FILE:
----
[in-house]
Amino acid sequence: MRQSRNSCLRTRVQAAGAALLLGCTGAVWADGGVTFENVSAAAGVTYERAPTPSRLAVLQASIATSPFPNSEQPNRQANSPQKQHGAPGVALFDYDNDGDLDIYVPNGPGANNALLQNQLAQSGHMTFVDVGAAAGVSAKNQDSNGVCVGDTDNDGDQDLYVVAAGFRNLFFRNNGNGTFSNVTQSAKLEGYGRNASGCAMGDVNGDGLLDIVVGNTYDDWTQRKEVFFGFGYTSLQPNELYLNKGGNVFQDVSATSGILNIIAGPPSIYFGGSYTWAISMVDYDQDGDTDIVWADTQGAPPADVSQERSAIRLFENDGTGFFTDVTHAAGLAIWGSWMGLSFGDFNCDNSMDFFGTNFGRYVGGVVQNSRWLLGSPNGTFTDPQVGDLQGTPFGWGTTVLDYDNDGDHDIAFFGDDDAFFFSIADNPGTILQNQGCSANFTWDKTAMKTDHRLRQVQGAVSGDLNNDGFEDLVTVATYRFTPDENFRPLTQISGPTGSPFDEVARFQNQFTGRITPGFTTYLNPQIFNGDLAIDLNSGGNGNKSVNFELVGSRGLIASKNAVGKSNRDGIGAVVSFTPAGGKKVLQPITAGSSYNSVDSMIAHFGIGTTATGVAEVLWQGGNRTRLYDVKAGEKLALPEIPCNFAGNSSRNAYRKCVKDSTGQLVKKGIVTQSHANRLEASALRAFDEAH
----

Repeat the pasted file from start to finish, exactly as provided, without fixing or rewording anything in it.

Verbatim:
[in-house]
Amino acid sequence: MRQSRNSCLRTRVQAAGAALLLGCTGAVWADGGVTFENVSAAAGVTYERAPTPSRLAVLQASIATSPFPNSEQPNRQANSPQKQHGAPGVALFDYDNDGDLDIYVPNGPGANNALLQNQLAQSGHMTFVDVGAAAGVSAKNQDSNGVCVGDTDNDGDQDLYVVAAGFRNLFFRNNGNGTFSNVTQSAKLEGYGRNASGCAMGDVNGDGLLDIVVGNTYDDWTQRKEVFFGFGYTSLQPNELYLNKGGNVFQDVSATSGILNIIAGPPSIYFGGSYTWAISMVDYDQDGDTDIVWADTQGAPPADVSQERSAIRLFENDGTGFFTDVTHAAGLAIWGSWMGLSFGDFNCDNSMDFFGTNFGRYVGGVVQNSRWLLGSPNGTFTDPQVGDLQGTPFGWGTTVLDYDNDGDHDIAFFGDDDAFFFSIADNPGTILQNQGCSANFTWDKTAMKTDHRLRQVQGAVSGDLNNDGFEDLVTVATYRFTPDENFRPLTQISGPTGSPFDEVARFQNQFTGRITPGFTTYLNPQIFNGDLAIDLNSGGNGNKSVNFELVGSRGLIASKNAVGKSNRDGIGAVVSFTPAGGKKVLQPITAGSSYNSVDSMIAHFGIGTTATGVAEVLWQGGNRTRLYDVKAGEKLALPEIPCNFAGNSSRNAYRKCVKDSTGQLVKKGIVTQSHANRLEASALRAFDEAH